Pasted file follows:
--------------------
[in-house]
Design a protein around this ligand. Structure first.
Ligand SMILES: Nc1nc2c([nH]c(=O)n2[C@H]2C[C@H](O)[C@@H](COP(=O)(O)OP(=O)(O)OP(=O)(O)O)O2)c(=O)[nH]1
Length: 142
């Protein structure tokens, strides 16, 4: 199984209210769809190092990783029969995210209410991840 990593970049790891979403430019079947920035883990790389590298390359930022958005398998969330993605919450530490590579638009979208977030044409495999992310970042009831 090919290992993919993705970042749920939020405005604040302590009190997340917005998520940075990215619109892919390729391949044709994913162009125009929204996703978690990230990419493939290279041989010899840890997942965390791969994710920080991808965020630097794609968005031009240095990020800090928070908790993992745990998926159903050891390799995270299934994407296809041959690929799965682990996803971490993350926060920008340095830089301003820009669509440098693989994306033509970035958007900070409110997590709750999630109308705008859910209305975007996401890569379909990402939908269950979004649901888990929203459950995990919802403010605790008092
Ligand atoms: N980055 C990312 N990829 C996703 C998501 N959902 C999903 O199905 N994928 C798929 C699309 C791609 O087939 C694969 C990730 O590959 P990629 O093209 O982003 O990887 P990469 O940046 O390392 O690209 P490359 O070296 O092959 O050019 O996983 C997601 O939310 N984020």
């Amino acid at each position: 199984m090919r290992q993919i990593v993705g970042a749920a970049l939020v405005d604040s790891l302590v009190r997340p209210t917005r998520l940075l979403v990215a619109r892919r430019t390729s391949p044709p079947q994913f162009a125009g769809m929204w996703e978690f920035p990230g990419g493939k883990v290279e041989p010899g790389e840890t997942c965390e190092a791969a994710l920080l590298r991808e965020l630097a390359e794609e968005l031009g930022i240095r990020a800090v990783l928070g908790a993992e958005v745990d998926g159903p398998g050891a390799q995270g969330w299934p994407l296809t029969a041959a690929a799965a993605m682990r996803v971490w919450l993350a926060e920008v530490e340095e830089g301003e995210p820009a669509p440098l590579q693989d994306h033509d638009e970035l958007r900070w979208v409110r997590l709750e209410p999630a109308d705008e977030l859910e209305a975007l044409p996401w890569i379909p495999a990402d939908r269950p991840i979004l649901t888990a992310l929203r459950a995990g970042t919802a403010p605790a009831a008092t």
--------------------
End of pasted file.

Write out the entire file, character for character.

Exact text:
[in-house]
Design a protein around this ligand. Structure first.
Ligand SMILES: Nc1nc2c([nH]c(=O)n2[C@H]2C[C@H](O)[C@@H](COP(=O)(O)OP(=O)(O)OP(=O)(O)O)O2)c(=O)[nH]1
Length: 142
């Protein structure tokens, strides 16, 4: 199984209210769809190092990783029969995210209410991840 990593970049790891979403430019079947920035883990790389590298390359930022958005398998969330993605919450530490590579638009979208977030044409495999992310970042009831 090919290992993919993705970042749920939020405005604040302590009190997340917005998520940075990215619109892919390729391949044709994913162009125009929204996703978690990230990419493939290279041989010899840890997942965390791969994710920080991808965020630097794609968005031009240095990020800090928070908790993992745990998926159903050891390799995270299934994407296809041959690929799965682990996803971490993350926060920008340095830089301003820009669509440098693989994306033509970035958007900070409110997590709750999630109308705008859910209305975007996401890569379909990402939908269950979004649901888990929203459950995990919802403010605790008092
Ligand atoms: N980055 C990312 N990829 C996703 C998501 N959902 C999903 O199905 N994928 C798929 C699309 C791609 O087939 C694969 C990730 O590959 P990629 O093209 O982003 O990887 P990469 O940046 O390392 O690209 P490359 O070296 O092959 O050019 O996983 C997601 O939310 N984020």
């Amino acid at each position: 199984m090919r290992q993919i990593v993705g970042a749920a970049l939020v405005d604040s790891l302590v009190r997340p209210t917005r998520l940075l979403v990215a619109r892919r430019t390729s391949p044709p079947q994913f162009a125009g769809m929204w996703e978690f920035p990230g990419g493939k883990v290279e041989p010899g790389e840890t997942c965390e190092a791969a994710l920080l590298r991808e965020l630097a390359e794609e968005l031009g930022i240095r990020a800090v990783l928070g908790a993992e958005v745990d998926g159903p398998g050891a390799q995270g969330w299934p994407l296809t029969a041959a690929a799965a993605m682990r996803v971490w919450l993350a926060e920008v530490e340095e830089g301003e995210p820009a669509p440098l590579q693989d994306h033509d638009e970035l958007r900070w979208v409110r997590l709750e209410p999630a109308d705008e977030l859910e209305a975007l044409p996401w890569i379909p495999a990402d939908r269950p991840i979004l649901t888990a992310l929203r459950a995990g970042t919802a403010p605790a009831a008092t």